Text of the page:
The recent abandonment of the Endocare Inc./Galil Ltd.merger highlights the potential for antitrust scrutiny of transactions even if they are not subject to Hart-Scott-Rodino pre-merger review. As descrived in this Cahill Gordon memo, Endocare announced in June that it was terminating its proposed merger with Galil – midway through the FTC investigation. Although the transaction was not reportable under HSR, the companies appear to have received subpoenas from the FTC seeking information not unlike that typically sought by a “second request.”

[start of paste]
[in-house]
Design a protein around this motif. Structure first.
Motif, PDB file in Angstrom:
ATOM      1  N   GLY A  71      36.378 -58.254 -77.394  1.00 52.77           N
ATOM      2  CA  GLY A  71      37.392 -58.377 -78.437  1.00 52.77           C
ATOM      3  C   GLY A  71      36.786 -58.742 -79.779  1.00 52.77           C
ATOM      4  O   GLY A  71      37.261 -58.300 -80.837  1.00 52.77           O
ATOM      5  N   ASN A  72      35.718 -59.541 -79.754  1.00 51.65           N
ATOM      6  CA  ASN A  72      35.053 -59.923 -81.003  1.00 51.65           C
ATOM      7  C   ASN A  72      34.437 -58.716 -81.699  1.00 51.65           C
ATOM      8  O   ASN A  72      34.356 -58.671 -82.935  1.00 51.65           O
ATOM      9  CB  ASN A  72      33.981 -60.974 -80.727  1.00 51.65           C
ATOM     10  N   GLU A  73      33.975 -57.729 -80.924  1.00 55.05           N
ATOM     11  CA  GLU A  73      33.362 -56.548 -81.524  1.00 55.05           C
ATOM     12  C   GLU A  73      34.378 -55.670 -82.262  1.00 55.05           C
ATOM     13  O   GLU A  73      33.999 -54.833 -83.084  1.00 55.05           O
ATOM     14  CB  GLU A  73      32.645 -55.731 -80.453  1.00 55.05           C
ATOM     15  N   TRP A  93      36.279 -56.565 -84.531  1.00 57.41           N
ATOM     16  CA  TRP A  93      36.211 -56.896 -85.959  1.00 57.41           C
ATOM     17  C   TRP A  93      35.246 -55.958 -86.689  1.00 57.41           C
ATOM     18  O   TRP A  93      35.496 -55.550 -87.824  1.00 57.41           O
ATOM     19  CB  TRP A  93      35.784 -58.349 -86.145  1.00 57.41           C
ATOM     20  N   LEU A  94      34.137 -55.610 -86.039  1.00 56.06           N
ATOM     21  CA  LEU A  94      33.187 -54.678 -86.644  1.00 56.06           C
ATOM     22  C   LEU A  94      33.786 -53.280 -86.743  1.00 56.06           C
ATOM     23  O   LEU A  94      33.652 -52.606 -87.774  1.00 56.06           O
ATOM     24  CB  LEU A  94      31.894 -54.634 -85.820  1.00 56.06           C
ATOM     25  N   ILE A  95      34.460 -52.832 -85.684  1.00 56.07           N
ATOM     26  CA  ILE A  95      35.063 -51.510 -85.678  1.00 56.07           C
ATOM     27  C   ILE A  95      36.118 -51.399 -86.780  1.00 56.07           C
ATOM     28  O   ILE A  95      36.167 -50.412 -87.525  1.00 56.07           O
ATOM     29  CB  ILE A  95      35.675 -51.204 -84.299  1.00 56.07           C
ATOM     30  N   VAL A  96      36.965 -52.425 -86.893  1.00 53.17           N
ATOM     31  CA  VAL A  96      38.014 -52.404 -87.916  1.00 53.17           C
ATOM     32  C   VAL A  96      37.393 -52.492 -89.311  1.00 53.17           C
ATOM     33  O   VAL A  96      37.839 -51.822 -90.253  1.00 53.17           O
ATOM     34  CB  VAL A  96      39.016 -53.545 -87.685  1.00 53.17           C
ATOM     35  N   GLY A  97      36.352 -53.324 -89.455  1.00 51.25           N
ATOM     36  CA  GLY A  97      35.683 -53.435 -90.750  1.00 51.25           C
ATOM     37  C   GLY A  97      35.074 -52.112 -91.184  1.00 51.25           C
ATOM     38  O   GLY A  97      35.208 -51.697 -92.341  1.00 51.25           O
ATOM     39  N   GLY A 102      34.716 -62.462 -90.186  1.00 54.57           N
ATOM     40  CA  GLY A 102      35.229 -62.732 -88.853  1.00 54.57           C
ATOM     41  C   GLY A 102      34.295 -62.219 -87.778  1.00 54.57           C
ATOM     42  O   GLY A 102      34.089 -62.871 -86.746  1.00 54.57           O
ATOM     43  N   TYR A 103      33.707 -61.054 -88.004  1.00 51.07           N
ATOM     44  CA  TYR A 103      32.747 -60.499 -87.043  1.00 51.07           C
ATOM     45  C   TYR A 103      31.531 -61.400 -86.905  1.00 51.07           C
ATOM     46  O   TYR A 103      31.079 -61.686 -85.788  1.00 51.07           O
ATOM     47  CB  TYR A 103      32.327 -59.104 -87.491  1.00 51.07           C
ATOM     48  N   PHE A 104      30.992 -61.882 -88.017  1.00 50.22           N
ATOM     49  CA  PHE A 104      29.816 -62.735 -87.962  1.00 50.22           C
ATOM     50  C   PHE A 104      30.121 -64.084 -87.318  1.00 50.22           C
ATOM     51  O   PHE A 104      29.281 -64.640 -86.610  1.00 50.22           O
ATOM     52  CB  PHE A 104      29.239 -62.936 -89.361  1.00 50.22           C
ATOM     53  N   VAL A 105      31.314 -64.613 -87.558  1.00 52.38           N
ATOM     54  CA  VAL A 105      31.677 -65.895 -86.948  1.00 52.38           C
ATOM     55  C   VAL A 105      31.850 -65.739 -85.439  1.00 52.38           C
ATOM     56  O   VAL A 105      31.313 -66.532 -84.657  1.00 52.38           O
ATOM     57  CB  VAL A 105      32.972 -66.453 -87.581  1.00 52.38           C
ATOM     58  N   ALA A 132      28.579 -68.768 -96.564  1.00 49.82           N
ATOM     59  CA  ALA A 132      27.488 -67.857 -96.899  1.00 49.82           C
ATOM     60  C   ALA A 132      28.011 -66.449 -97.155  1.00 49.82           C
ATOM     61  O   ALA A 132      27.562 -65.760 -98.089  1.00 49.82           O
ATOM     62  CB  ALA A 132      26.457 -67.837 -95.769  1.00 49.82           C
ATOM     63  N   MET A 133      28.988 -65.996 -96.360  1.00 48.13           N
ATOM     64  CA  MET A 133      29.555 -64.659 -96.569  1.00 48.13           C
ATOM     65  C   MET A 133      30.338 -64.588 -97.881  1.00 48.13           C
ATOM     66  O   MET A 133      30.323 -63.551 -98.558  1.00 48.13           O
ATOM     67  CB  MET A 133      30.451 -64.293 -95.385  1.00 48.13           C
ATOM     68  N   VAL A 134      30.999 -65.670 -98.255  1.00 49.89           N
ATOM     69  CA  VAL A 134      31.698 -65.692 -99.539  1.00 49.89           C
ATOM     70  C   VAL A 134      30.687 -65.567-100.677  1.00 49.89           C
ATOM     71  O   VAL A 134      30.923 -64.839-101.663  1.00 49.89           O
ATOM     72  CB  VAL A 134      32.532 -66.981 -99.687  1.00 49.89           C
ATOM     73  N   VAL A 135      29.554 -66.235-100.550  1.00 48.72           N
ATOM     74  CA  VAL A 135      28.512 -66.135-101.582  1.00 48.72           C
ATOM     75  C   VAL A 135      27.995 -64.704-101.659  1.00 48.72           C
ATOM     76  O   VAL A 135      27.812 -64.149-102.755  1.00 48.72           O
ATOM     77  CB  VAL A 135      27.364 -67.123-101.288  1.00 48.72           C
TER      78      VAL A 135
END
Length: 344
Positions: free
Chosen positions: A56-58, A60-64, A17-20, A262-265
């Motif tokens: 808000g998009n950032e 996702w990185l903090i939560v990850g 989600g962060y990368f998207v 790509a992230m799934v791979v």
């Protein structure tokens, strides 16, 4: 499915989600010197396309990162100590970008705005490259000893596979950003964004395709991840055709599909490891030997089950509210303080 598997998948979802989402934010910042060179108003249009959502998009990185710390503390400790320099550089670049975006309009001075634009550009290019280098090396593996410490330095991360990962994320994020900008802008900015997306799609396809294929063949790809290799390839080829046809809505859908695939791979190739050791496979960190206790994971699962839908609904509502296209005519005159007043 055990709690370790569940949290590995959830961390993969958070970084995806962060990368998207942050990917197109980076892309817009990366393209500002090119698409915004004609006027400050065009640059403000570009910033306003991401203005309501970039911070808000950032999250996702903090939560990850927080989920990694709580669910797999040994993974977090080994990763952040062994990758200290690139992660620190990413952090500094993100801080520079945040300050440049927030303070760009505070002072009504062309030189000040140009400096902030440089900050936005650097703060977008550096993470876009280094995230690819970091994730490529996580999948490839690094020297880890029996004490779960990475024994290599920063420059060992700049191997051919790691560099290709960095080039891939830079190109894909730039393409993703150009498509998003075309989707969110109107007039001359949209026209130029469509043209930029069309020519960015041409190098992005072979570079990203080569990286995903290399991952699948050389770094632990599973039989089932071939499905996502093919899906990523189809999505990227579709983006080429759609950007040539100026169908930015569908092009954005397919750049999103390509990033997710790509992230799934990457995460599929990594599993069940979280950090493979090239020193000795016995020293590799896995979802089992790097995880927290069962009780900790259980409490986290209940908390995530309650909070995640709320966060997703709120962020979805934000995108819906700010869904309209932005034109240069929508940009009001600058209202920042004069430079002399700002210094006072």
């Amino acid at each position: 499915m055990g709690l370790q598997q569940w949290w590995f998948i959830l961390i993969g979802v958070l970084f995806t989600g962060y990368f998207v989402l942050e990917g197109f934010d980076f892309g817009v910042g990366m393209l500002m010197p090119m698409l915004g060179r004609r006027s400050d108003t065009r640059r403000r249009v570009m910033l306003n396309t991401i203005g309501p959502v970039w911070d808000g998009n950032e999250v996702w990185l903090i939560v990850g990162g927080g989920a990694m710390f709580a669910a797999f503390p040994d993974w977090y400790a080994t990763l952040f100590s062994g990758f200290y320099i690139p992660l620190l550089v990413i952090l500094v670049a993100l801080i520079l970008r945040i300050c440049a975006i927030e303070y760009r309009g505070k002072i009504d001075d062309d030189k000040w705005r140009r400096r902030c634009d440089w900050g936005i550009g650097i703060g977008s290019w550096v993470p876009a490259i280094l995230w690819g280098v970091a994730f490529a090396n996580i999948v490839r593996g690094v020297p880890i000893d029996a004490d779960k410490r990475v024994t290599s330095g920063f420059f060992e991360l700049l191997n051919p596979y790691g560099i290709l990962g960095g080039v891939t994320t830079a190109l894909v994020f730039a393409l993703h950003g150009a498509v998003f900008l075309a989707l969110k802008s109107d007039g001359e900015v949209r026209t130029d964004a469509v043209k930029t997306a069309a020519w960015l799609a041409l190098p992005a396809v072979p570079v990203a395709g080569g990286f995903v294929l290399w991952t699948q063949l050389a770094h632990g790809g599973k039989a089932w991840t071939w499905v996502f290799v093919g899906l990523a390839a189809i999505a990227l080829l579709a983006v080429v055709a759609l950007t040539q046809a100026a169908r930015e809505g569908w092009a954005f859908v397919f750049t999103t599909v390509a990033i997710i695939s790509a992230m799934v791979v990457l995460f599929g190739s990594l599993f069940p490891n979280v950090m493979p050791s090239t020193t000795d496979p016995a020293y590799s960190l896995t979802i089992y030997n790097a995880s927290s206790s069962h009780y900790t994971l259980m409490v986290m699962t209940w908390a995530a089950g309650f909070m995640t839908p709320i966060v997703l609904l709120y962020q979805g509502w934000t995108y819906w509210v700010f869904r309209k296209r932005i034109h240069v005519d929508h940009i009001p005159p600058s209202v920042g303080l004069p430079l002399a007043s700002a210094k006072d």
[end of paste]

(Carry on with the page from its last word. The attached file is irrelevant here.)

Although it doesn’t happen often, nonreportable transactions can be investigated by the antitrust enforcement agencies if the agencies become aware of the transaction and perceive a potential antitrust concern. This case also highlights the importance of early identification of any antitrust issues, the allocation of antitrust risk among the parties and the negotiation of the terms of the parties’ conduct in response to any investigation or other challenge prior to closing a merger.